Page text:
The DNR plans to collect approximately 62 million walleye eggs from the Muskegon River in 2014 that will result in 13.4 million fry for transfer to rearing ponds throughout the Lower Peninsula. These walleye will be raised to fingerling size and stocked in late spring or early summer in lakes and rivers throughout the state.

Lake Michigan walleye populations in the Lower Peninsula depend on the fingerlings produced from Muskegon River eggs, as well as many inland lakes in the Lower Peninsula. The size of the walleye spawning run in the Muskegon River is presently about 40,000 to 50,000 each year. DNR crews will strip milt and eggs from approximately 700 adult fish, which will be returned to the river, except for 60 that will be sent to Michigan State University for fish health testing.

“This adult population consists of mostly stocked fish,” said Rich O’Neal, fisheries biologist for the Central Lake Michigan Management Unit. “The Muskegon River has the largest run of walleye in the Lake Michigan watershed south of Green Bay.”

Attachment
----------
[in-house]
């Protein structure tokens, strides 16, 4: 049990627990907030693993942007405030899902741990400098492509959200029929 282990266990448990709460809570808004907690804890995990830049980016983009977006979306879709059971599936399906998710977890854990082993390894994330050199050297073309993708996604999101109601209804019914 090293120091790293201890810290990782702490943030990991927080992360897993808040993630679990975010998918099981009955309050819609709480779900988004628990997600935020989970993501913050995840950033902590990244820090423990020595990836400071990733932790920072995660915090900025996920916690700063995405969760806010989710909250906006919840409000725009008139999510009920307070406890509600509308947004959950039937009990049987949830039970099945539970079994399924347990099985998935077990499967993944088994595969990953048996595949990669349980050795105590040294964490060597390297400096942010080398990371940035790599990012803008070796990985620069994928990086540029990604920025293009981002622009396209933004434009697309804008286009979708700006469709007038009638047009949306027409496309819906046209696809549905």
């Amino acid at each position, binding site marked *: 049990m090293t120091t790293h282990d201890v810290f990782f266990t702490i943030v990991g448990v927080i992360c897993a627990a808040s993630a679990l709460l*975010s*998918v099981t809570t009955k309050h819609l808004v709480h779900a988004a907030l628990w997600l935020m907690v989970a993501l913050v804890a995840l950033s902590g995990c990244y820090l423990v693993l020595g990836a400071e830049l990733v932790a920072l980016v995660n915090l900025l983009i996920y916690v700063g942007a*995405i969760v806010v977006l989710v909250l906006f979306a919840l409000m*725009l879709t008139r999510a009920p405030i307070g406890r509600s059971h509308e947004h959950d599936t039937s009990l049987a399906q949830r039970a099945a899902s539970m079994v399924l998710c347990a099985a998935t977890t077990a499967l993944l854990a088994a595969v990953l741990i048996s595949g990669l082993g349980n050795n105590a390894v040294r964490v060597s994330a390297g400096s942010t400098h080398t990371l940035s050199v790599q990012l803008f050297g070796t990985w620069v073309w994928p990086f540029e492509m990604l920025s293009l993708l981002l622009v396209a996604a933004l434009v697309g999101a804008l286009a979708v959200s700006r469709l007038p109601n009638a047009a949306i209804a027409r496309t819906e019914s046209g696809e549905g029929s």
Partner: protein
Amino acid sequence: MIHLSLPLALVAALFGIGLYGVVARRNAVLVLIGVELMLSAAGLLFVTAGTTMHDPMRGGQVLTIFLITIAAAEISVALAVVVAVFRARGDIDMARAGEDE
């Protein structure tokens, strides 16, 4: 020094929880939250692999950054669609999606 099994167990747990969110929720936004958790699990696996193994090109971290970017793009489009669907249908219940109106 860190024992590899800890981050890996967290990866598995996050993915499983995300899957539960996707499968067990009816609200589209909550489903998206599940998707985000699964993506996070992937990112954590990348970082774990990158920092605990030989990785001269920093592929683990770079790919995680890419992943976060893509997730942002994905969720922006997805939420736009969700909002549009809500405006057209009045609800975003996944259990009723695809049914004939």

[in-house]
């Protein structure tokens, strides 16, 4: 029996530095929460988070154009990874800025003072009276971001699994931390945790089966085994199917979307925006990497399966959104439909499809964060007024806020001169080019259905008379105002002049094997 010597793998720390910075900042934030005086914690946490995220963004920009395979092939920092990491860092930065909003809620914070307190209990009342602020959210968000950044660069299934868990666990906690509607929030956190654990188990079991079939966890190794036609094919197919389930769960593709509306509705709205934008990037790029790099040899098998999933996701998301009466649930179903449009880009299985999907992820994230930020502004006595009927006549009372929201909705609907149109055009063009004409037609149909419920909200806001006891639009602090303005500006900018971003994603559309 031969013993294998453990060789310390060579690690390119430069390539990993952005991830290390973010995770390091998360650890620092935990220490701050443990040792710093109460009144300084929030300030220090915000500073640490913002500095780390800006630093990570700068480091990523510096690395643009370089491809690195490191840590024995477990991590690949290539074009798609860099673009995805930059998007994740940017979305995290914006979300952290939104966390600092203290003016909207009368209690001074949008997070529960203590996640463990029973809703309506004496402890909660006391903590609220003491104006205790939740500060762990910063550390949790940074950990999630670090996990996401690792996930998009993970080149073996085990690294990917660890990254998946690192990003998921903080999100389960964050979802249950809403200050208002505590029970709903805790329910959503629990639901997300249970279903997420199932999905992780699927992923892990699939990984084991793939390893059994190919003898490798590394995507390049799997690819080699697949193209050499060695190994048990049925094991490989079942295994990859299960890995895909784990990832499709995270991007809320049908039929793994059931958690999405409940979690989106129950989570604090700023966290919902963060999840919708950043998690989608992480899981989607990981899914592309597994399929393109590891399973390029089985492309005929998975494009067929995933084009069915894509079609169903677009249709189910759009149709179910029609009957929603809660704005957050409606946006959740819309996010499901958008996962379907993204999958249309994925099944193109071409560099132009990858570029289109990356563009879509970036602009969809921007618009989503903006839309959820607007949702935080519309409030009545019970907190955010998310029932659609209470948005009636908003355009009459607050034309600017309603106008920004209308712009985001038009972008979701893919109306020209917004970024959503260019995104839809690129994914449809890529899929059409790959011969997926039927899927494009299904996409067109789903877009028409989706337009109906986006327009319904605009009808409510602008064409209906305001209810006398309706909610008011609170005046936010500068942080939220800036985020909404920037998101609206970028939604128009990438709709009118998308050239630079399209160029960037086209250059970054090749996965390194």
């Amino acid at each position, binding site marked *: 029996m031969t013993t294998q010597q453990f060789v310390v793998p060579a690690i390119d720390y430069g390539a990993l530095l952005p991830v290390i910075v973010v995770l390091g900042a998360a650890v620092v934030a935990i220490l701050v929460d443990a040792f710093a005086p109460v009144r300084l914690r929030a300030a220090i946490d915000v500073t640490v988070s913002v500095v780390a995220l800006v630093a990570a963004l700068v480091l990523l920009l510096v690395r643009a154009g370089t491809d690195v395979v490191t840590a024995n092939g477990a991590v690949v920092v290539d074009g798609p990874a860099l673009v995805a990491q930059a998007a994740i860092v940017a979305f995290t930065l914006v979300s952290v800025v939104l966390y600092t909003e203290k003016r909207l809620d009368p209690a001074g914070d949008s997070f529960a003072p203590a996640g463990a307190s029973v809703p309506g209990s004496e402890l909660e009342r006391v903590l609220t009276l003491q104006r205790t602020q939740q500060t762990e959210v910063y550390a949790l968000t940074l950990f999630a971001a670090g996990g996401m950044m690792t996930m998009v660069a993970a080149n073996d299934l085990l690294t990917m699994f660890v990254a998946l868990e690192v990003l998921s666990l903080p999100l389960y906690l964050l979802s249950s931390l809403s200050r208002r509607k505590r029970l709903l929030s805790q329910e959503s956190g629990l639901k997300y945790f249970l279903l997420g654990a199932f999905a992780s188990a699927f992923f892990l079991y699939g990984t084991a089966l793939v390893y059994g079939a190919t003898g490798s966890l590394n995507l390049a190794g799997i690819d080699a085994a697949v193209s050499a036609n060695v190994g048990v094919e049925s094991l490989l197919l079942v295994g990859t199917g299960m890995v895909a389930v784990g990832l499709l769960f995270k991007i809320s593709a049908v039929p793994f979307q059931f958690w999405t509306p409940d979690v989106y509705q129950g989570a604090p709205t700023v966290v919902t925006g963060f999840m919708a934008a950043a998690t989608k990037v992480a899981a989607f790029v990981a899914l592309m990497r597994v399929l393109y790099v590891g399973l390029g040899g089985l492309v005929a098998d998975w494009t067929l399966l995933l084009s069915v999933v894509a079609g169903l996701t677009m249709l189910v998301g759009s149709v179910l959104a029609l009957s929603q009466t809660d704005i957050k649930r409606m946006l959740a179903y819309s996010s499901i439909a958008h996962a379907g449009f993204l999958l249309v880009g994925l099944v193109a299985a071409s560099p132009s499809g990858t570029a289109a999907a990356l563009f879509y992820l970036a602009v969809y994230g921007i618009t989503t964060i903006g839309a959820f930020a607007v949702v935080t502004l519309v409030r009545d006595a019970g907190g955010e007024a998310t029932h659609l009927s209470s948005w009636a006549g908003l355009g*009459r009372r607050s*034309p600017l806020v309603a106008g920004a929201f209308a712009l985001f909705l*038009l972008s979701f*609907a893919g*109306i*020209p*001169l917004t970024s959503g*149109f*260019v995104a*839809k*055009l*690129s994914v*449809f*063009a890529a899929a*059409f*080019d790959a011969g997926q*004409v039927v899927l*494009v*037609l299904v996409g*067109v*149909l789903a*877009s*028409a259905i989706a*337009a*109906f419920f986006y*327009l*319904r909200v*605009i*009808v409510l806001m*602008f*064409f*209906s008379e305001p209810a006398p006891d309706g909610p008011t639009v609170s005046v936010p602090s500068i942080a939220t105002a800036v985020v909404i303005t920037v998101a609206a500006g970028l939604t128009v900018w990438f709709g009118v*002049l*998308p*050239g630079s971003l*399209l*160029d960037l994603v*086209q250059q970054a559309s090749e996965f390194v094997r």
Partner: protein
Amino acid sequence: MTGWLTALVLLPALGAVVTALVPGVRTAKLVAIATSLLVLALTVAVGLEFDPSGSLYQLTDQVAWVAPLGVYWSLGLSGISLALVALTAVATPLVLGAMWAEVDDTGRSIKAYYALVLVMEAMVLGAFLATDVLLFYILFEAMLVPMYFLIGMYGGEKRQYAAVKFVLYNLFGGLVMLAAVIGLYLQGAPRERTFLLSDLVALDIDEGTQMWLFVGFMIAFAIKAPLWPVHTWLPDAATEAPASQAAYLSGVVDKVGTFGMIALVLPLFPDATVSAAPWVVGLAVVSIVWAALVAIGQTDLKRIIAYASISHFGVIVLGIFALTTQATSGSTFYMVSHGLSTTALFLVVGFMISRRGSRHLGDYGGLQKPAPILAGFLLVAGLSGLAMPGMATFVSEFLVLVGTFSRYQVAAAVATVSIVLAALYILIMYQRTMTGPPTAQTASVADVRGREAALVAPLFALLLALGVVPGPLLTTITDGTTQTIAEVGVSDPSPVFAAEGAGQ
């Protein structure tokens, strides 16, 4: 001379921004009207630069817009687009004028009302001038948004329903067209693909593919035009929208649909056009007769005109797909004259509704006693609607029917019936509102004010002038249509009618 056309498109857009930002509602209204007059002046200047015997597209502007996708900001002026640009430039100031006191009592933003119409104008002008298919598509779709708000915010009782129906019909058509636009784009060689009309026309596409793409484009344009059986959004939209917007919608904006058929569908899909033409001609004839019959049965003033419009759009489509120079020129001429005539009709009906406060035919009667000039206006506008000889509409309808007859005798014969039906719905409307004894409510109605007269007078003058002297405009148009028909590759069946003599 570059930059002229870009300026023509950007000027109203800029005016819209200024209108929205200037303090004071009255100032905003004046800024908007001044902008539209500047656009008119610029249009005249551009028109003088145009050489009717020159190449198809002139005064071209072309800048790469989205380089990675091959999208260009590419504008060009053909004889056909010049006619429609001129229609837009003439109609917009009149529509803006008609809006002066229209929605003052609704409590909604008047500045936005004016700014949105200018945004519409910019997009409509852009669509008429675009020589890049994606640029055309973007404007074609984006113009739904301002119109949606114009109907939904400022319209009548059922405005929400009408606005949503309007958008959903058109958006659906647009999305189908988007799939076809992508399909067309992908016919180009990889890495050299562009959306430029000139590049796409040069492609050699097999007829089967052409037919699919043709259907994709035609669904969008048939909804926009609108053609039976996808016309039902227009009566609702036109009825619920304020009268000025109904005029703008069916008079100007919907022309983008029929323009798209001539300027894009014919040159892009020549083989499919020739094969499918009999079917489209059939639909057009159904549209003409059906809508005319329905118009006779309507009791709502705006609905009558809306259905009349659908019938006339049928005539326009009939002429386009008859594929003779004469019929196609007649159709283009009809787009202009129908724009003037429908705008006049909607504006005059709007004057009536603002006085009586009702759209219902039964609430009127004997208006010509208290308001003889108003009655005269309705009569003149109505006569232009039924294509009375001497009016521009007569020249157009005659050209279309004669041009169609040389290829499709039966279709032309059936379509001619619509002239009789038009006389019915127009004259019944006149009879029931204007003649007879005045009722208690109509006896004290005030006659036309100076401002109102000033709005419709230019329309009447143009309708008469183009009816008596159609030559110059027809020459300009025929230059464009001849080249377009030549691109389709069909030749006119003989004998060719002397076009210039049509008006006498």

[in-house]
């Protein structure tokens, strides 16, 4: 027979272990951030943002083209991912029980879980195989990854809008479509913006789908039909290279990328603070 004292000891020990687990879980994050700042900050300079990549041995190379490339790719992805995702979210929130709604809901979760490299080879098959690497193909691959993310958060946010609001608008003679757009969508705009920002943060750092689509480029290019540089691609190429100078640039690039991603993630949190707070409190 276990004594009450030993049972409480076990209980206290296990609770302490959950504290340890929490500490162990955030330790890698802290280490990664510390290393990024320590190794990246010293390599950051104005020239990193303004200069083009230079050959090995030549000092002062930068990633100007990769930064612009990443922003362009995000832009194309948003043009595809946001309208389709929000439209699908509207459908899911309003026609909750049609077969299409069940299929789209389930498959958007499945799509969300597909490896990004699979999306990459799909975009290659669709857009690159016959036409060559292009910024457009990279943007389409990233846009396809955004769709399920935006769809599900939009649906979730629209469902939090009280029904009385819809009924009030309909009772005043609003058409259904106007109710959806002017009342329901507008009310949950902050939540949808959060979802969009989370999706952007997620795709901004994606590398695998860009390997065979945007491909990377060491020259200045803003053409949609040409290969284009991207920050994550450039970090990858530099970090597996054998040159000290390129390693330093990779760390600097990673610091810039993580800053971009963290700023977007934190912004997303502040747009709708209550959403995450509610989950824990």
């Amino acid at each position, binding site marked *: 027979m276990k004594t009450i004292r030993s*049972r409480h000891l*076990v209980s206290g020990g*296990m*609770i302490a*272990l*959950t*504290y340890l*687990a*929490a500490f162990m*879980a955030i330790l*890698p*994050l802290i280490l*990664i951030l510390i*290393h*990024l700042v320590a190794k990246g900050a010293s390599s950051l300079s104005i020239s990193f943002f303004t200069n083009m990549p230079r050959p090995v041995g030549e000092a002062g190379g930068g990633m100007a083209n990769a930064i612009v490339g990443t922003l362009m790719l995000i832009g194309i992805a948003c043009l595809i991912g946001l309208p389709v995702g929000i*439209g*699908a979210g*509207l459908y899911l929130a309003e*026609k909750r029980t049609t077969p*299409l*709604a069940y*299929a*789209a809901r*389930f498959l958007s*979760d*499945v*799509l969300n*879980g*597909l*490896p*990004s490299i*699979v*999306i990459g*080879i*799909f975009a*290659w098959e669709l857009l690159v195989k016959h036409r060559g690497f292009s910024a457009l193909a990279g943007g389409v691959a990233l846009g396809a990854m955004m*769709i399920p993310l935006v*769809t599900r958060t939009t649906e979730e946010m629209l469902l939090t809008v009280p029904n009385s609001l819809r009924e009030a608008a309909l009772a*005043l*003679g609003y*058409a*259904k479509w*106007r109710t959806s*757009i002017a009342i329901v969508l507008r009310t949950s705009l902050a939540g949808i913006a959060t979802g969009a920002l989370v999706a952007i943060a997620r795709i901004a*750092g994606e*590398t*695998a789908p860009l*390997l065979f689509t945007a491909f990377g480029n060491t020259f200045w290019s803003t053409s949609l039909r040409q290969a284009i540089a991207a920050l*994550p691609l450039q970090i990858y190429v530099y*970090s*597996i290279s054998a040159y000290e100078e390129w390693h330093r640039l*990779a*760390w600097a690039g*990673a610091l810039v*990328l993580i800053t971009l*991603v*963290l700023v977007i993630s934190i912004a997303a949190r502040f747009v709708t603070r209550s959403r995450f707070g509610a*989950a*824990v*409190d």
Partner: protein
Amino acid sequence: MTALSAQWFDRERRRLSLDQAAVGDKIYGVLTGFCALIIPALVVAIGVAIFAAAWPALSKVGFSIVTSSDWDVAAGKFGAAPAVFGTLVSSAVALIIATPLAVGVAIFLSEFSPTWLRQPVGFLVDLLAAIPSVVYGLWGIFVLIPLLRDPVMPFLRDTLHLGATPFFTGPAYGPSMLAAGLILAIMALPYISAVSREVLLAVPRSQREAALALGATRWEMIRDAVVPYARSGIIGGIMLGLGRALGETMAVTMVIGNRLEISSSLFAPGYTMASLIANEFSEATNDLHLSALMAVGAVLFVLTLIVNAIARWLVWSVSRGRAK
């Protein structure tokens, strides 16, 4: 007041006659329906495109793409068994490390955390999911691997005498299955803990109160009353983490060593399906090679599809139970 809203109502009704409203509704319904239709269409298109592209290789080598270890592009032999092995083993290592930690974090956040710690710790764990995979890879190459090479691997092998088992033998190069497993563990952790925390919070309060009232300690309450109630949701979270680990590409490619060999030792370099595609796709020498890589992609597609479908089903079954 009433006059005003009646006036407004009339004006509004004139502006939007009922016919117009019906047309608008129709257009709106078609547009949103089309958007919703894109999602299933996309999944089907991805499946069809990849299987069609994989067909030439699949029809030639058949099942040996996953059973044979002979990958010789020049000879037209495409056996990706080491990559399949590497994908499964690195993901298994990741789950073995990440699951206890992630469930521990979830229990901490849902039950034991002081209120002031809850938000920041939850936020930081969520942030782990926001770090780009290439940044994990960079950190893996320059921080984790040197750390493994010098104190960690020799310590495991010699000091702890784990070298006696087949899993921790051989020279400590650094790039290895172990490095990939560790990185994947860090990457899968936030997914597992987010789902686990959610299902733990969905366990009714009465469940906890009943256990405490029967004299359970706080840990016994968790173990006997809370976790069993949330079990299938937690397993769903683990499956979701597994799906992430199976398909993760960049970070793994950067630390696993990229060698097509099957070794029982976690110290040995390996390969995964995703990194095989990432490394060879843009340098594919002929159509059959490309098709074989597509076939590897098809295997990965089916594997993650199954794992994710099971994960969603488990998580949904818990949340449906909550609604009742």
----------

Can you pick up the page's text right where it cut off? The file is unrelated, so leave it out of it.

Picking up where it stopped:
The DNR plans to collect walleyes with an electro-fishing boat beginning as early as the week of March 24 and concluding by April 15. Eight days of fish collections are planned during this period. The actual date when collections will begin depends on water temperatures and the presence of ripe fish. This schedule can change on a daily basis for many reasons, but it is anticipated most work will be completed during the last week of March through the second week of April.

Sampling using electro-fishing usually begins each day at Croton Dam at about 8:30 a.m. and proceeds downstream to the Pine Street access site. If more eggs are needed, additional collections may occur downstream to the Thornapple Street access site.

Egg collection and fertilizing is conducted at the Pine Street access site, about 2 miles downstream of Croton Dam. This process generally begins between 10:30 and 11:30 a.m. The public is welcome to observe how the eggs are removed from the fish and fertilized before they are packed and shipped to Wolf Lake and Platte River state fish hatcheries.